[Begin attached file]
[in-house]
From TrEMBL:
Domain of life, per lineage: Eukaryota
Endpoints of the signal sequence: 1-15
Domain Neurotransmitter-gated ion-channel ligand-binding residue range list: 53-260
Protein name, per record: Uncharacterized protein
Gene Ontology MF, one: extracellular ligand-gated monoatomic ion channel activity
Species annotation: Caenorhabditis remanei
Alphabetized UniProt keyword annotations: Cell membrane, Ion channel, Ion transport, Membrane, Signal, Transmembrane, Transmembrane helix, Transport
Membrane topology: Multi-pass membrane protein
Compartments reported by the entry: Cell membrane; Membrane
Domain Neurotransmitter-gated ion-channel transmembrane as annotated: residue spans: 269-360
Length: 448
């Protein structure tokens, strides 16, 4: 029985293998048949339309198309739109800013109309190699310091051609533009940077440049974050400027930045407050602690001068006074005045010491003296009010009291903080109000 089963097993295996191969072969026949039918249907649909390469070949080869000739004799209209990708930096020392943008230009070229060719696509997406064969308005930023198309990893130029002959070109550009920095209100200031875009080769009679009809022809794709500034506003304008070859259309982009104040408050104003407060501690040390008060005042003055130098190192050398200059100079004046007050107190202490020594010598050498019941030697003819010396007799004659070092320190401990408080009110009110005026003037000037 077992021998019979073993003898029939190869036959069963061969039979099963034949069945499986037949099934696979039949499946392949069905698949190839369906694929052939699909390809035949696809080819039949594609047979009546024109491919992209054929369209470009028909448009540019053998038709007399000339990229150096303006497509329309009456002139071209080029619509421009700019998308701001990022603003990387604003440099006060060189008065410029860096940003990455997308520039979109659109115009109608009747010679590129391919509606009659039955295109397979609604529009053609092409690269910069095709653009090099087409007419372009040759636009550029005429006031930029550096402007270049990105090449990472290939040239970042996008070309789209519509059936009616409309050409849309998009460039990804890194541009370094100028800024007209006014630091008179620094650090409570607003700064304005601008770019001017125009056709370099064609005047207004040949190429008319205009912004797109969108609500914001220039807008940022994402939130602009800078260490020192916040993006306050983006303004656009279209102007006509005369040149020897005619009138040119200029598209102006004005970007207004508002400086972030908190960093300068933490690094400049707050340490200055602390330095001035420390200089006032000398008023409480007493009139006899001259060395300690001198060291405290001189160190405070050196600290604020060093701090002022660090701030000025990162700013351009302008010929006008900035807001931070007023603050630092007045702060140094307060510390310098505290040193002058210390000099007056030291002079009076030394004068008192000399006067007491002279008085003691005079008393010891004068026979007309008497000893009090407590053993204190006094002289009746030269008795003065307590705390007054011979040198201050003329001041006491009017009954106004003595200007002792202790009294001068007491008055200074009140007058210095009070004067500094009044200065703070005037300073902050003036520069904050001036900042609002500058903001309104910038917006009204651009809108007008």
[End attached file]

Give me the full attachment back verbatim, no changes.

[in-house]
From TrEMBL:
Domain of life, per lineage: Eukaryota
Endpoints of the signal sequence: 1-15
Domain Neurotransmitter-gated ion-channel ligand-binding residue range list: 53-260
Protein name, per record: Uncharacterized protein
Gene Ontology MF, one: extracellular ligand-gated monoatomic ion channel activity
Species annotation: Caenorhabditis remanei
Alphabetized UniProt keyword annotations: Cell membrane, Ion channel, Ion transport, Membrane, Signal, Transmembrane, Transmembrane helix, Transport
Membrane topology: Multi-pass membrane protein
Compartments reported by the entry: Cell membrane; Membrane
Domain Neurotransmitter-gated ion-channel transmembrane as annotated: residue spans: 269-360
Length: 448
């Protein structure tokens, strides 16, 4: 029985293998048949339309198309739109800013109309190699310091051609533009940077440049974050400027930045407050602690001068006074005045010491003296009010009291903080109000 089963097993295996191969072969026949039918249907649909390469070949080869000739004799209209990708930096020392943008230009070229060719696509997406064969308005930023198309990893130029002959070109550009920095209100200031875009080769009679009809022809794709500034506003304008070859259309982009104040408050104003407060501690040390008060005042003055130098190192050398200059100079004046007050107190202490020594010598050498019941030697003819010396007799004659070092320190401990408080009110009110005026003037000037 077992021998019979073993003898029939190869036959069963061969039979099963034949069945499986037949099934696979039949499946392949069905698949190839369906694929052939699909390809035949696809080819039949594609047979009546024109491919992209054929369209470009028909448009540019053998038709007399000339990229150096303006497509329309009456002139071209080029619509421009700019998308701001990022603003990387604003440099006060060189008065410029860096940003990455997308520039979109659109115009109608009747010679590129391919509606009659039955295109397979609604529009053609092409690269910069095709653009090099087409007419372009040759636009550029005429006031930029550096402007270049990105090449990472290939040239970042996008070309789209519509059936009616409309050409849309998009460039990804890194541009370094100028800024007209006014630091008179620094650090409570607003700064304005601008770019001017125009056709370099064609005047207004040949190429008319205009912004797109969108609500914001220039807008940022994402939130602009800078260490020192916040993006306050983006303004656009279209102007006509005369040149020897005619009138040119200029598209102006004005970007207004508002400086972030908190960093300068933490690094400049707050340490200055602390330095001035420390200089006032000398008023409480007493009139006899001259060395300690001198060291405290001189160190405070050196600290604020060093701090002022660090701030000025990162700013351009302008010929006008900035807001931070007023603050630092007045702060140094307060510390310098505290040193002058210390000099007056030291002079009076030394004068008192000399006067007491002279008085003691005079008393010891004068026979007309008497000893009090407590053993204190006094002289009746030269008795003065307590705390007054011979040198201050003329001041006491009017009954106004003595200007002792202790009294001068007491008055200074009140007058210095009070004067500094009044200065703070005037300073902050003036520069904050001036900042609002500058903001309104910038917006009204651009809108007008």